Tuesday, February 19, 2013

Andrew Zimmern is coming to town...

I admit, this is in March and hasn't yet happened, but it will.  Talks have finished between the television chef and Soulard where the chef will make a visit to, in St. Louis, for his travel channel show:

Yeah, this is cool but cool for a variety of reasons:

First of all, this visit will help push St. Louis into the limelight and show that there is something here, besides an airport.  When Anthony Bourdain came by with his book tour and he fielded a barrage of questions from the audience at the Fox, 3 years ago, it was asked of him as to when he was coming to St. Louis.  His answer was "never".  He felt that St. Louis, one of the oldest cities in the US, one of the first founded and the only West of the Mississippi River and location of the 1904 World's Fair, to be not that significant when it comes to food.  Really?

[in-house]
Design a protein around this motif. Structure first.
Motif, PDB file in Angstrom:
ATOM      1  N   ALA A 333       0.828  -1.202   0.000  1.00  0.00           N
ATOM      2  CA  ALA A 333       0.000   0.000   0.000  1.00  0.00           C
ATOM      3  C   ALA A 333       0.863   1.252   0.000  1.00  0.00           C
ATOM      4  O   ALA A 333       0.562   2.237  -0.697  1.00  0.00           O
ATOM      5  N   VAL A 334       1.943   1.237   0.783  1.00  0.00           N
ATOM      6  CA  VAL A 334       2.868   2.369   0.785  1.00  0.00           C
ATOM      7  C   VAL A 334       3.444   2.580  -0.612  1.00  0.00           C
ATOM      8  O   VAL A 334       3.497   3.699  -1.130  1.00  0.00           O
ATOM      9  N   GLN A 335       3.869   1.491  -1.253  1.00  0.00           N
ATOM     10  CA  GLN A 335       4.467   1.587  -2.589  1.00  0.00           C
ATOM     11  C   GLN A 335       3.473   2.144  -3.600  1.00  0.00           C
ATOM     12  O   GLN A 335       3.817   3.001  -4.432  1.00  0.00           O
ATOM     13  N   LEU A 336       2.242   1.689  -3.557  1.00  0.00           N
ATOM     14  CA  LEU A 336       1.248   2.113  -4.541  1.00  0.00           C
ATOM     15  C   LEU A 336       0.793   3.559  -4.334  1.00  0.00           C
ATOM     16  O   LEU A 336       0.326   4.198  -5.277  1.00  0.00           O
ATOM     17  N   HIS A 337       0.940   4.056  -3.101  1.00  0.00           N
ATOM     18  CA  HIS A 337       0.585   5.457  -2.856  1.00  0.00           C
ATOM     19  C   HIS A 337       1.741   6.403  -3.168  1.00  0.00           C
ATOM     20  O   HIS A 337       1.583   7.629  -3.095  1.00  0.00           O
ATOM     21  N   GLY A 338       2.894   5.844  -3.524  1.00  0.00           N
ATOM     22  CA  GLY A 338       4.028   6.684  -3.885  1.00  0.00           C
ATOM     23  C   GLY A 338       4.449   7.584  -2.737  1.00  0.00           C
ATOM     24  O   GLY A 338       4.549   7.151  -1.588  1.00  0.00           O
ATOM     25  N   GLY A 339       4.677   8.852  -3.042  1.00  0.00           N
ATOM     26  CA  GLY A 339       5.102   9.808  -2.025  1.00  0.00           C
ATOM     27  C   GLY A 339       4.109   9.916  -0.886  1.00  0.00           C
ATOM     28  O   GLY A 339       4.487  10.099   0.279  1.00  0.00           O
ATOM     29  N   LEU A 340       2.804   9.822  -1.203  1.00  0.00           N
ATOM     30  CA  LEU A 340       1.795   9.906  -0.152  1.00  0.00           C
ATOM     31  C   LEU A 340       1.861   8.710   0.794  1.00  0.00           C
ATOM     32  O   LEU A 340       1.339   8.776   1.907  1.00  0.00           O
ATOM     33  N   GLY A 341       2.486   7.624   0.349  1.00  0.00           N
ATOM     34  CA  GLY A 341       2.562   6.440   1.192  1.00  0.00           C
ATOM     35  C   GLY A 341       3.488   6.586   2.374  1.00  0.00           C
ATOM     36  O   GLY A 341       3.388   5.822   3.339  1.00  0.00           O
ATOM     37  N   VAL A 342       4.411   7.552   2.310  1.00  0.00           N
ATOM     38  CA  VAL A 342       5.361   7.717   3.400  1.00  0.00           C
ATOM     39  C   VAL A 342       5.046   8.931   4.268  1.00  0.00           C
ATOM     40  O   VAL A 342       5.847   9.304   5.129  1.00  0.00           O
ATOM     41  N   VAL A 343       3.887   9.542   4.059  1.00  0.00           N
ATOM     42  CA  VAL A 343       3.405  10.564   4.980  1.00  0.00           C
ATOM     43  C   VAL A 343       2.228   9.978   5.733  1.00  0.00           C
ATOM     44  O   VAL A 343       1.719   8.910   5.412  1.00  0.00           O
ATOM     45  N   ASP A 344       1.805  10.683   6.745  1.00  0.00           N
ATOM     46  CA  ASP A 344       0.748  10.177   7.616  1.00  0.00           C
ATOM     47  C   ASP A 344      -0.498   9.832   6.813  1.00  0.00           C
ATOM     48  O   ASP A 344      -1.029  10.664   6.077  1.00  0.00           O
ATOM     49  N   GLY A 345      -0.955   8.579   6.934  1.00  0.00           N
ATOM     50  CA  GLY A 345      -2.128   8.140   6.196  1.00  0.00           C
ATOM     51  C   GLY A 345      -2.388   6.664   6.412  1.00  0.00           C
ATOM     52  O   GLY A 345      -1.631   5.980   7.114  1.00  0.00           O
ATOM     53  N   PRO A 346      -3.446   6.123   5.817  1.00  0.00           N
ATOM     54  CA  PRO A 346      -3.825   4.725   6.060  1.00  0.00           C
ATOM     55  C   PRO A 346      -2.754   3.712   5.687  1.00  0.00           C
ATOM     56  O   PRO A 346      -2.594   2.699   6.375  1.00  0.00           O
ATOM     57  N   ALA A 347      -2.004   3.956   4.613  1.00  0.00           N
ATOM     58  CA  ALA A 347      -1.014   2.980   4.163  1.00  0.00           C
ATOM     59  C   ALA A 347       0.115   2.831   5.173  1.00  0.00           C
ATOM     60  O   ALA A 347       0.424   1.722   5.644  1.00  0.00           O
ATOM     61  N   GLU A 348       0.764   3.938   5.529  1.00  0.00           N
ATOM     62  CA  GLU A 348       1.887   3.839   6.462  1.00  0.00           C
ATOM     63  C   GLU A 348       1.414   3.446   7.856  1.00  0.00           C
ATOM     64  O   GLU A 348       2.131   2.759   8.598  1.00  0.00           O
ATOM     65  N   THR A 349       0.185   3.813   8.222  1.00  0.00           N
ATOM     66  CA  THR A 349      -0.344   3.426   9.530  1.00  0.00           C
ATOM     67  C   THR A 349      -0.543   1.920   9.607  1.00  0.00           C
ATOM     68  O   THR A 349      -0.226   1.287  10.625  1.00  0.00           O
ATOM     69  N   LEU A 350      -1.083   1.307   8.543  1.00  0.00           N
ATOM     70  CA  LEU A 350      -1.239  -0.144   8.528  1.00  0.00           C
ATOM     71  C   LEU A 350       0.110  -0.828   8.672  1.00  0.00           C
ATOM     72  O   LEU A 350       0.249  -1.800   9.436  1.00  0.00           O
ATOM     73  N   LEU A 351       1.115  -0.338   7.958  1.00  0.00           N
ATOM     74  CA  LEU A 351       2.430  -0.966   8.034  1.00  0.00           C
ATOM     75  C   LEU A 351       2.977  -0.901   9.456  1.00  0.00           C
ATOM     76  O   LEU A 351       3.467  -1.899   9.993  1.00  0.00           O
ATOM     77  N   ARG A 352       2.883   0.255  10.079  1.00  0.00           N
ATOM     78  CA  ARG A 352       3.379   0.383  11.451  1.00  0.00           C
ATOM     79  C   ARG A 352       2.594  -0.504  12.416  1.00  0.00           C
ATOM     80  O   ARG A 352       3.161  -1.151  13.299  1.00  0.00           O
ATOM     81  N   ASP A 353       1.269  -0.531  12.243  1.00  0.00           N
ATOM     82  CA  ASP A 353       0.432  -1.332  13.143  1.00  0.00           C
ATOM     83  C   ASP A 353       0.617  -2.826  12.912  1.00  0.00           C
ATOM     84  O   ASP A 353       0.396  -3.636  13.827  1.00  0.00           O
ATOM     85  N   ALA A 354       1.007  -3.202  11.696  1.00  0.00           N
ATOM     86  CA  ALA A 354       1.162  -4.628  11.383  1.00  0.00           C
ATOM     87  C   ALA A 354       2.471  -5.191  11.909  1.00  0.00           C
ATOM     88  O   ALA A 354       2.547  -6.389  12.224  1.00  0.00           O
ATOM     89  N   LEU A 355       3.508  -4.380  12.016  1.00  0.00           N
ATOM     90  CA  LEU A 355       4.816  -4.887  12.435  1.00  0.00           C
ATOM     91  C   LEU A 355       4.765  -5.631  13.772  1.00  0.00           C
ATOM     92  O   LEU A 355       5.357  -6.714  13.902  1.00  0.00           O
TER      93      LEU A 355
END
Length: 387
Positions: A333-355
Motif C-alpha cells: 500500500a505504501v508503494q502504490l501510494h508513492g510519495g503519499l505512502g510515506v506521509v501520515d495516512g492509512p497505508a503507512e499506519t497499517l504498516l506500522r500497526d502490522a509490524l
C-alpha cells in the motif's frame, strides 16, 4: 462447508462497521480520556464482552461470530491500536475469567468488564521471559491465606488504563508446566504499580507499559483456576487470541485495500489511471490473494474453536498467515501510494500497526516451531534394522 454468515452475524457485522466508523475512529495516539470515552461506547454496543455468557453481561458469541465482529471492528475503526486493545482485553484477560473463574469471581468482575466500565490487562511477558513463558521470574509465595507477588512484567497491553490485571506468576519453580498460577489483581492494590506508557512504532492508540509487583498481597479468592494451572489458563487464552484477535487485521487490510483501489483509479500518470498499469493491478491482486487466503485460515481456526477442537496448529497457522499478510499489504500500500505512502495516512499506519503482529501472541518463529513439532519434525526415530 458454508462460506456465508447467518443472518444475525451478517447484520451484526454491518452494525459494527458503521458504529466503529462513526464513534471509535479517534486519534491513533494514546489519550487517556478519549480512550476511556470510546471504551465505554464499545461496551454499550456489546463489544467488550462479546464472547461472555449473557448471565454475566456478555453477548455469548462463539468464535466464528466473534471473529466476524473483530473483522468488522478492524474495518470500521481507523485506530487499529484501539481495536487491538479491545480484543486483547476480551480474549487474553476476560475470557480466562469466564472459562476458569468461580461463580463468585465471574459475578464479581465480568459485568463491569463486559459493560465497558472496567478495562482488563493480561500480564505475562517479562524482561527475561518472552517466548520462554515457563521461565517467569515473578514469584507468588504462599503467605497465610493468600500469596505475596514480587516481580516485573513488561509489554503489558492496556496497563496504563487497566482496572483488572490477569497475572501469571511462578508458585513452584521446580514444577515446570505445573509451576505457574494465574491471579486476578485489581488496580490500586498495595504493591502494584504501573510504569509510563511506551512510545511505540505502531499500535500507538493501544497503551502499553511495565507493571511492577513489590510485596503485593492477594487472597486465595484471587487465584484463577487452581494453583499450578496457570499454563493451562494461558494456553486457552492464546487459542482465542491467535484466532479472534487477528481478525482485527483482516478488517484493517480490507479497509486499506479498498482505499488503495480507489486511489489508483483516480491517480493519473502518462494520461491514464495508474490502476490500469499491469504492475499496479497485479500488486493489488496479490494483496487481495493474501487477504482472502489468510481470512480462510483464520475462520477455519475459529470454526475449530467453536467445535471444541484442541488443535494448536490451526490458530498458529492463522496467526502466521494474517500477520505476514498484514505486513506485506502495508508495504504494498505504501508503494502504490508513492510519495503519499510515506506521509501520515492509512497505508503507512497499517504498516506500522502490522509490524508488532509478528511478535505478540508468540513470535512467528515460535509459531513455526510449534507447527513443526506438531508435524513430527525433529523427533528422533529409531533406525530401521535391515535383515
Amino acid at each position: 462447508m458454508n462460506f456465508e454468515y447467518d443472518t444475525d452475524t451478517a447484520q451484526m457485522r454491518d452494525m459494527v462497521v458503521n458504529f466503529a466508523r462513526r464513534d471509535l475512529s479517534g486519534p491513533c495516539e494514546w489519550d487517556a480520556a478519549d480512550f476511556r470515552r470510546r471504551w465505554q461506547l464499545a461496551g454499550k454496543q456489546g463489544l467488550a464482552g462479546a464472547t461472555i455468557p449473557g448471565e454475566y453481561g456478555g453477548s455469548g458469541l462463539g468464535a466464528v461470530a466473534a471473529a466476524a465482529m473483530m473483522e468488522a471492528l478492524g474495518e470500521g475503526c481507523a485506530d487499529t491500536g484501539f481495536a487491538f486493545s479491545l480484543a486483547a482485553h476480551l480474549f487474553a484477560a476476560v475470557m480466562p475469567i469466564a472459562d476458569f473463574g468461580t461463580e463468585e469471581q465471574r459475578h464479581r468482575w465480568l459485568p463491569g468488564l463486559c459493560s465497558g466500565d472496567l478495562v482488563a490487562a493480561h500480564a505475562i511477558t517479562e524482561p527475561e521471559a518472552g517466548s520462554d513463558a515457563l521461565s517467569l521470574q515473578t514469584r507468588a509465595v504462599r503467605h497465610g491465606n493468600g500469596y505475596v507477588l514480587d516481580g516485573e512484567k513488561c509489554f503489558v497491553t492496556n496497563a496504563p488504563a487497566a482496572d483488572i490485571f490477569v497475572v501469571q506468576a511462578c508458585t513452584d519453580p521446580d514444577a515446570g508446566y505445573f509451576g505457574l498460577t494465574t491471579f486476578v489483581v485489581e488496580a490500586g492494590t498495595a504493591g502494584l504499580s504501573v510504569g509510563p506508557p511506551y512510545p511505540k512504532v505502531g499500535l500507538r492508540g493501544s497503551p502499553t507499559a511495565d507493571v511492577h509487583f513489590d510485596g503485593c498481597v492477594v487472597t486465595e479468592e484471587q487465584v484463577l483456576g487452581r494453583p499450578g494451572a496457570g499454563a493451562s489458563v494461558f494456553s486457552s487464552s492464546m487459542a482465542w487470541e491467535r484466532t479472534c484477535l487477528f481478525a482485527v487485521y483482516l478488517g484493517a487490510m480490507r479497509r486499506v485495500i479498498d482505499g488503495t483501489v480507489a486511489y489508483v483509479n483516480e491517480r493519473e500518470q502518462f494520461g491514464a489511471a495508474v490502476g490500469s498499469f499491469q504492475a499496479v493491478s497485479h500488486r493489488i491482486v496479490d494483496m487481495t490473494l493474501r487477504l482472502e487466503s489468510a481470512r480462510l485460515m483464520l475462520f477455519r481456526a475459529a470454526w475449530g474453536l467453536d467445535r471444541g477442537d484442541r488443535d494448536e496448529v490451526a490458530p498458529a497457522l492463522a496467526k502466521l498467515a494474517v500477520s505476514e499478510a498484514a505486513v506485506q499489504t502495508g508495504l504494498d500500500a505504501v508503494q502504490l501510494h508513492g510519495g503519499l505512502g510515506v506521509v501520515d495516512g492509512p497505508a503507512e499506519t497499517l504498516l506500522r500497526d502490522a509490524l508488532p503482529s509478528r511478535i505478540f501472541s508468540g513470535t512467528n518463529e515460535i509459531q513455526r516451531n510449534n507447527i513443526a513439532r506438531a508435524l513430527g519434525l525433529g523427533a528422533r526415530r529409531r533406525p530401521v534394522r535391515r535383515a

I've had many discussions with people all over at how anyone who thinks the only thing Missouri is good for is the Ozark people, can be not much of an intellectual or even anyone to be bothered with.  And it showed because a few years later, Anthony Bourdain did in fact do an episode of his show where he came to the Ozarks and visited a favorite author of his and spent some days there.  What Mr. Bourdain failed to realize is that those people didn't spontaneously pop up there, they moves West in the early 1800's.  There were people already with restaurants in St. Louis at that time.